This extract is the opening section from the full article, which also foresaw such advances in electrical usage as electric trains, economical aluminium extraction, and electric gardening.
The New England Magazine, July, 1892, pages 623-625:
By Elihu Thompson
TRUE science, bound by no fetters, its theories tenable only so long as they are useful in connecting facts, its progress limited only by the life of the race on the earth, and its field unbounded, -- is not only vastly enlarging the mental horizon, but is, at the same time, conferring incalculable practical benefits. Did this statement need emphasis, it is found in the growth of no particular branch of science more than in electricity. While in the near past the extension of its industrial applications has been phenomenal, we must not forget that during the same period its theories have become equally expanded and shorn of crudity.
With the vast accumulation of new facts, electricity has come to be understood as intimately related in its nature and actions to that necessary something which has been called the universal ether, filling all space and permeating the most solid objects. By the electrical vibrations of this medium, the stars not only declare their very presence, but transmit to us indications of their directions and rates of motion, their temperatures, and even the kind of matter which composes them. The beam of light is an electrical phenomenon, it is an electrical oscillation or vibration of such extraordinary rapidity, hundreds of trillions per second, as to become unrealizable in thought. It is conveyed in the ether at the rate of nearly two hundred thousand miles per second. So are also other electrical actions.
It would be outside the scope of an article like the present to dwell upon the possible directions of development of electrical theories in so far as they may include other phenomena than light, so recently demonstrated to be electrical in its nature. The fact that electrical action is so intimately related to the phenomena of heat, chemical energy, and crystallization leads us to think that future discoveries can but tend towards further harmonies of these great forces.
Electrical attraction and repulsion, magnetism, light, and radiant heat are now known to be dependent in some way on the properties of the ether of space. Gravitational force must be similarly dependent. Cohesion and chemical affinity are, without doubt, manifestations depending on the same medium. The future scientific investigator will find his field of work gradually expanding. The growth of electricity as a branch of science must be at least commensurate with that of the broader science of physics.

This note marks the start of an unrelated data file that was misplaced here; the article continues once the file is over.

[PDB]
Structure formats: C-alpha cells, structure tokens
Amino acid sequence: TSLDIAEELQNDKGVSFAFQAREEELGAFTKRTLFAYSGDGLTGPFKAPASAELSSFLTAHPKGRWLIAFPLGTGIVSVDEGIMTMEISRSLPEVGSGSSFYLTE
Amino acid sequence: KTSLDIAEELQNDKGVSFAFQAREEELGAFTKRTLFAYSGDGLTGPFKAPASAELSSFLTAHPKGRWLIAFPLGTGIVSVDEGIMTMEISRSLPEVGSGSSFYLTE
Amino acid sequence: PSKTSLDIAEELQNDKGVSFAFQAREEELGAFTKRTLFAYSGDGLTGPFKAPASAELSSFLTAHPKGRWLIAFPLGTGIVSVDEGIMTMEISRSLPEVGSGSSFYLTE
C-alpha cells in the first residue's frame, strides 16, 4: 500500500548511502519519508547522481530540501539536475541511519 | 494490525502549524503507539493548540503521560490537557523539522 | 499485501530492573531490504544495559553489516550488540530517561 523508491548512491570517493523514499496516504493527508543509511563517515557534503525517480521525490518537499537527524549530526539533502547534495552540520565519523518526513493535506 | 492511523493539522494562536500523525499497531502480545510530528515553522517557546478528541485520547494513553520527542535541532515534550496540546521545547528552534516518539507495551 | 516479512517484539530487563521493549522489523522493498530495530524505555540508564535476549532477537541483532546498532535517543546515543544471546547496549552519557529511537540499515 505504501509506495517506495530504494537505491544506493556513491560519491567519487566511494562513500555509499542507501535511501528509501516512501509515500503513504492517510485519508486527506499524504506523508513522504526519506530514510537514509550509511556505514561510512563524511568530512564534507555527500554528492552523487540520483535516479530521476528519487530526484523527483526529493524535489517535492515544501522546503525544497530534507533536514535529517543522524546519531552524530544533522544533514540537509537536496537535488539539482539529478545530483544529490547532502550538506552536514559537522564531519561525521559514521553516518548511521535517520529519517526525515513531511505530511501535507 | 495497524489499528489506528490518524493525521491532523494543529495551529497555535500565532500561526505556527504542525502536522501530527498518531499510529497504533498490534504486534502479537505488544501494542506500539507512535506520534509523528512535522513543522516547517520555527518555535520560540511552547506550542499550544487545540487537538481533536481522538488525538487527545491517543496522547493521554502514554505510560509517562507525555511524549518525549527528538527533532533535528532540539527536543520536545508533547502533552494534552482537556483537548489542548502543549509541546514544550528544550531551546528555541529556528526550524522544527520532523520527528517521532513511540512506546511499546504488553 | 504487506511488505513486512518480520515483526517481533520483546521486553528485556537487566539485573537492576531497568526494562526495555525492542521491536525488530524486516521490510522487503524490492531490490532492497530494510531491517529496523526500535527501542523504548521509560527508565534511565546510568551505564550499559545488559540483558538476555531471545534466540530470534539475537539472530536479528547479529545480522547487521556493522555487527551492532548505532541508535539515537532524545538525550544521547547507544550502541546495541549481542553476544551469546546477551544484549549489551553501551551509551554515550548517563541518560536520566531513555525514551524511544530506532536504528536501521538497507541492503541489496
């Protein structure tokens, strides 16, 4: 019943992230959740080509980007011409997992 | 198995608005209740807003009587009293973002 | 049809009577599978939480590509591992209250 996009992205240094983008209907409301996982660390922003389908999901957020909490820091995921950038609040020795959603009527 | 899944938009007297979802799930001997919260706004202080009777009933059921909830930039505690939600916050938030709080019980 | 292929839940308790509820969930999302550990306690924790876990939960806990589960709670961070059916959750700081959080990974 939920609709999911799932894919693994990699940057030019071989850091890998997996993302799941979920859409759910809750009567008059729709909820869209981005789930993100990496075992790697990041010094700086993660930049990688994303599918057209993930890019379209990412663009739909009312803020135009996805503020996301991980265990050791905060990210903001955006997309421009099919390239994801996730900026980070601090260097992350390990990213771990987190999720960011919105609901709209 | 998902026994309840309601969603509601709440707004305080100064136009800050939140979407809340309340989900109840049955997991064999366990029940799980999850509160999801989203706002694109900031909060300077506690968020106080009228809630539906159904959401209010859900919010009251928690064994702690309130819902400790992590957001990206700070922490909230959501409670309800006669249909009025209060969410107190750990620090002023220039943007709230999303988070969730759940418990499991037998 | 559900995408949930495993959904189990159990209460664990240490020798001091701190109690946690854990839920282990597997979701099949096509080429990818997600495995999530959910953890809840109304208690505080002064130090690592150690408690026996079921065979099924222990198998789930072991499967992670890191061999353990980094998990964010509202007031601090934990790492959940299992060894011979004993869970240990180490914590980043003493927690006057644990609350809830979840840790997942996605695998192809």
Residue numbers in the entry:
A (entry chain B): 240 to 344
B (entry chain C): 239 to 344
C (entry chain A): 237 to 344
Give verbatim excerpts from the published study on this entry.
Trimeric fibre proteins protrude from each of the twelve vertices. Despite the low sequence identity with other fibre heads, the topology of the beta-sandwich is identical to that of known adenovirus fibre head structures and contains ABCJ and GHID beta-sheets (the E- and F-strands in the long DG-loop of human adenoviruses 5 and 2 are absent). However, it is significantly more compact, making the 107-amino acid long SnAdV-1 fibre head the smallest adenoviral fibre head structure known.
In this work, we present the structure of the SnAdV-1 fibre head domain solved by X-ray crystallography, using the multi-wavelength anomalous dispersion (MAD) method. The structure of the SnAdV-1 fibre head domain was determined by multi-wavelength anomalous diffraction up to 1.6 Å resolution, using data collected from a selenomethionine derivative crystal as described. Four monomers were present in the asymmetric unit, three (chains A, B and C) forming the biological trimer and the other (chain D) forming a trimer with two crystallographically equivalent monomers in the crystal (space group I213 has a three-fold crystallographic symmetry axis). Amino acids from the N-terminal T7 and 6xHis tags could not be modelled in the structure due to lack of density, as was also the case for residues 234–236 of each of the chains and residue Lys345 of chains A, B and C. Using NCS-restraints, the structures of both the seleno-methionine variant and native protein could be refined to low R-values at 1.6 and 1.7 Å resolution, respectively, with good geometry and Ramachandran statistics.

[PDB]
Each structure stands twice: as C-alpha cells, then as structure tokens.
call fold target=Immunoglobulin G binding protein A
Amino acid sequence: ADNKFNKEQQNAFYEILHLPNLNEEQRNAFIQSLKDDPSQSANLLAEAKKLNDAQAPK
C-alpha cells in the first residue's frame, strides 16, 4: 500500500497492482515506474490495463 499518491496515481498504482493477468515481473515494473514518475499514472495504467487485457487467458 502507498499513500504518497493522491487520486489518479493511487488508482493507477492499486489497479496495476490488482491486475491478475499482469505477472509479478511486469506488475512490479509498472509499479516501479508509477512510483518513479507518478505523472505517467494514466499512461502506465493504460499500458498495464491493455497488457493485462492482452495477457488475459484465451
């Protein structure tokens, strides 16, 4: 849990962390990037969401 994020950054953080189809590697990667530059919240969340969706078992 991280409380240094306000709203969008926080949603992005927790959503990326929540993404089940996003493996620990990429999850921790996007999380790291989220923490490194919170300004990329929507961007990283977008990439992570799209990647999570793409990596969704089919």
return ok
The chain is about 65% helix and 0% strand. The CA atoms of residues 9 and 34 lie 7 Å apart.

But let us turn to a brief consideration of the possible advances in the practical applications of electric energy in the arts and industries. Let us examine the subject from the standpoint of effect on our methods of work and conditions of life.
There is required no special scientific taste or training to enable people to appreciate immediately practical aspects.
As a swift messenger, as a conveyer of intelligence, electricity has in the telegraph been familiarly known for about half a century. So far as appears from the present outlook, future telegraphic progress promises no great revolutions. Methods and means will, no doubt, become more and more refined, and greater speeds be attained. The more general introduction of multiplex systems will increase the capacity of the lines and decrease the costs. More attention will be given to permanence of lines and to securing immunity from extended interruptions due to storms.
It may be remarked here, however, that electricians are not without some hope that signalling or telegraphing for moderate distances without wires, and even through dense fog may be an accomplished fact soon. Had we the means of obtaining electric oscillations of several millions per second, or waves similar to light waves, but of vastly lower rate of vibration, it might be possible by suitable reflectors to cause them to be carried a mile or so through a fog, and to recognize their presence by instruments constructed for the purpose. Many of the difficulties and dangers which now beset the navigator would, at least, be lessened, if not removed. Signalling or telegraphing without wires is no new proposal, and there have been many such proposals which are extravagant and impracticable. The fact is, however, the essential means are not yet forthcoming.